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]]>A horizontal spring is attached to a cord, the cord goes over a pulley, and a 0.025 kg mass is attached to the cord. If the spring is stretched by 0.045 m, what is the spring constant of the spring?

Want Lecture Notes? This is an AP Physics 1 topic.

Content Times:

0:07 Translating the problem

0:39 Solving the problem

2:26 Comparing to a vertical spring

3:30 Expansion vs. compression springs

3:56 The human spine acts like a compression spring

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]]>A vertically hanging spring with a natural length of 5.4 cm is extended to a length of 11.4 cm when 25 grams is suspended from it. What is the spring constant of the spring?

Want Lecture Notes? This is an AP Physics 1 topic.

Content Times:

0:08 Translating the problem

0:54 The free body diagram

1:53 Understanding the direction of the Spring Force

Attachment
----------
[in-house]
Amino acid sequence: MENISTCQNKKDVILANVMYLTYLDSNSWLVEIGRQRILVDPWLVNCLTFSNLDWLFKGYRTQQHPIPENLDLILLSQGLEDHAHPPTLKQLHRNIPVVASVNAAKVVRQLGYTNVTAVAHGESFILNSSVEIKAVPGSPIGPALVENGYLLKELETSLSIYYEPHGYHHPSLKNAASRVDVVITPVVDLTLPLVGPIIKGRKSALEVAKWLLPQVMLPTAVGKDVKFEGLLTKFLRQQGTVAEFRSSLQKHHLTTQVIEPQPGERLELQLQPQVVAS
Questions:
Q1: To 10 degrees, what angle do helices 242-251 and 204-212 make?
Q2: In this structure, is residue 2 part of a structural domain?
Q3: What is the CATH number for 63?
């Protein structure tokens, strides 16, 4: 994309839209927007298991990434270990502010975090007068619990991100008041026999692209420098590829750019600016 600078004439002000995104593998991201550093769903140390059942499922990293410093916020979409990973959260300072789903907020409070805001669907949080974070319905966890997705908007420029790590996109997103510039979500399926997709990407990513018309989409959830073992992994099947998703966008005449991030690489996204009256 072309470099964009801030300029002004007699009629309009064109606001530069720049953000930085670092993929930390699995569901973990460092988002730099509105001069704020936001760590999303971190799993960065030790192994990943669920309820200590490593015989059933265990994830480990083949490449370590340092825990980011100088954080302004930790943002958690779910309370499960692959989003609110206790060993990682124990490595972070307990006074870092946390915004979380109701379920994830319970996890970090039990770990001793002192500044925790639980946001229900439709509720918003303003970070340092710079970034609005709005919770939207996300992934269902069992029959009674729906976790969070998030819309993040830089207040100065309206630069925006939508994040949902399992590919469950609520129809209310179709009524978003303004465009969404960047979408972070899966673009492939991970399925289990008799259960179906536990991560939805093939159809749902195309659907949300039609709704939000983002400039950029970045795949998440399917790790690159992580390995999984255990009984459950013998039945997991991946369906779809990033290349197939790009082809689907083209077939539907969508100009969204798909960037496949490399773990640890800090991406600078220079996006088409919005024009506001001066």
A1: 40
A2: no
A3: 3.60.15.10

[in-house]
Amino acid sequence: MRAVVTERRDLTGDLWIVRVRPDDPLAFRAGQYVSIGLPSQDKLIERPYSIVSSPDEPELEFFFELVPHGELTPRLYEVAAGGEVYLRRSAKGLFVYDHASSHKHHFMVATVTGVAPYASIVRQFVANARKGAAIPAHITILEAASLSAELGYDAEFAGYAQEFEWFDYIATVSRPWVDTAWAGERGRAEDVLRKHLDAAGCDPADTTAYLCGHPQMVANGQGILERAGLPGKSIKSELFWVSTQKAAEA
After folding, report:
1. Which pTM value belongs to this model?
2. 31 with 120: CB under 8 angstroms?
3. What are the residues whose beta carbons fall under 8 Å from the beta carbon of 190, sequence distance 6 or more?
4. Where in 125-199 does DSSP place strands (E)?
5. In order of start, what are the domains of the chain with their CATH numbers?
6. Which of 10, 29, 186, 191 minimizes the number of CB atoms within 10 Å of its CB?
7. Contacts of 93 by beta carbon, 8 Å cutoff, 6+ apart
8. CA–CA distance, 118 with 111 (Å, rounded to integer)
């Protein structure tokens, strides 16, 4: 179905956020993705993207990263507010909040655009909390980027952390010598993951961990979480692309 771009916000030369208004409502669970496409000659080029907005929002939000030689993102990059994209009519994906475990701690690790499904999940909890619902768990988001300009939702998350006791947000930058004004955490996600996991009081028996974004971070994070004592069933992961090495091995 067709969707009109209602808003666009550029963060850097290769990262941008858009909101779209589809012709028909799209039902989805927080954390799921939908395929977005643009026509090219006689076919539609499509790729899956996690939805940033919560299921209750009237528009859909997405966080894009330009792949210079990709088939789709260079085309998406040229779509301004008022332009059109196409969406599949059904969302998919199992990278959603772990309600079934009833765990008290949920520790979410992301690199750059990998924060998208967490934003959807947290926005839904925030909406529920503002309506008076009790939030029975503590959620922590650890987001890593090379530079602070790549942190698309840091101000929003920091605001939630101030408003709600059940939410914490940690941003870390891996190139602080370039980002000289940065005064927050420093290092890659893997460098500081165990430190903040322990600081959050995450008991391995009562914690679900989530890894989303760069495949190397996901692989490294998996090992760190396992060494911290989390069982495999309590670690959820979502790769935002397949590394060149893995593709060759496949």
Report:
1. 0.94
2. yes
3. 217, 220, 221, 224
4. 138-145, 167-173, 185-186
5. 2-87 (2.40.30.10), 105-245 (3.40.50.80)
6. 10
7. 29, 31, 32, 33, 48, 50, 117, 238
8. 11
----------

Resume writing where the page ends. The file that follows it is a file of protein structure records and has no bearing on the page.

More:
2:46 Summing the forces

3:32 Common misconception when using Hooke’s Law equation

5:00 Using the magnitude of the displacement from equilibrium

Next Video: The Human Spine acts like a Compression Spring

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Previous Video: Hooke's Law Introduction - Force of a Spring

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]]>Hooke’s law is demonstrated and graphed. Spring constant, displacement from equilibrium position, and restoring force are defined and demonstrated.

Want Lecture Notes? This is an AP Physics 1 topic.

Content Times:

0:01 Robert Hooke

0:46 Compressing a spring using a force sensor

1:33 Graphing force as a function of position

2:14 Hooke’s Law

3:07 Demonstrating displacement from rest position

5:20 Demonstrating the spring constant

6:15 What the negative in Hooke’s Law means

7:02 The spring constant is positive

7:54 The restoring force

8:33 Elastic limit

Next Video: Determining the Spring Constant, k, with a Vertically Hanging Mass